Ectopic ureter is an abnormality present at birth in which one or both of the ducts that bring urine from the kidneys to the bladder fail to open into the bladder in the normal way. The affected animal is born with this problem and the resulting urinary incontinence usually begins at birth. Siberian huskies, golden retrievers, Labrador retrievers and miniature poodles
may be more predisposed than other breeds. This problem is diagnosed in females 20 times more often than in males.
Urinary incontinence in a young animal is often misinterpreted as difficulty in housebreaking the pet. Ectopic ureters can predispose the animal to urinary tract and kidney infections. Urinary incontinence can persist even after surgical correction and often leads owners to elect euthanasia for the pet.Diagnosis Complete physical examination
Complete blood count and
Urine analysis and culture
Abdominal ultrasound examination
Urethral pressure measurements
Antibiotic therapy for concurrent urinary tract infections
Medications to increase the urethral muscle tone and minimize dribbling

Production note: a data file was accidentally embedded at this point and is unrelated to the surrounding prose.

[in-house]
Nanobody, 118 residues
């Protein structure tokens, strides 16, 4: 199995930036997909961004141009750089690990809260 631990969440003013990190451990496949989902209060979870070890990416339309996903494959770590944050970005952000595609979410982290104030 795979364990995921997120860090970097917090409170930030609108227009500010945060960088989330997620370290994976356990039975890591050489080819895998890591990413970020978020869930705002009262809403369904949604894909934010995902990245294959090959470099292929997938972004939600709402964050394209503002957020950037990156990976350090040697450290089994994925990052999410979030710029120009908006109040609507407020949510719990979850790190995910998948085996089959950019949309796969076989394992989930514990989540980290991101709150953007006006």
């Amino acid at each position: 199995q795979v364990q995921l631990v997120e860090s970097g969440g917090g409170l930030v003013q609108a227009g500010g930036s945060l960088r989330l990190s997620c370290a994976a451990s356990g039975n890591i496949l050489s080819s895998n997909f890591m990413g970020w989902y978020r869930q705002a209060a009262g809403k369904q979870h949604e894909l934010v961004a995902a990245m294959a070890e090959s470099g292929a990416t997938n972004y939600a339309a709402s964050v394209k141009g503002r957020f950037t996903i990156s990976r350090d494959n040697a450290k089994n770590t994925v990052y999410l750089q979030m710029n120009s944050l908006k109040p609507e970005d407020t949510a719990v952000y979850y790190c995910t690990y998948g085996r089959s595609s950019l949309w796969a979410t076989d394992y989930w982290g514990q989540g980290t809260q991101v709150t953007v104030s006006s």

Surgical correction of the abnormal ureter(s)
Home Care and Prevention
After surgery and discharge from the hospital, your dog will be restricted from excessive activity. She may be given anti-inflammatory medications or analgesics (pain killers) for the first few days to keep her comfortable. Some dogs may be sent home with oral antibiotics for several days if a urinary tract infection is also present or suspected.
Your dog may be given medications to increase the urethral muscle tone in order to minimize dribbling after surgery or if no surgery was done.
Watch for potential complications after surgery, including:
Persistent urinary incontinence
Incision problems such as swelling or discharge
Straining or inability to urinate
Distension of the abdomen
This abnormality is present at birth and cannot be prevented. Although the cause of the developmental abnormality is not completely known, it is advisable not to breed the affected dog.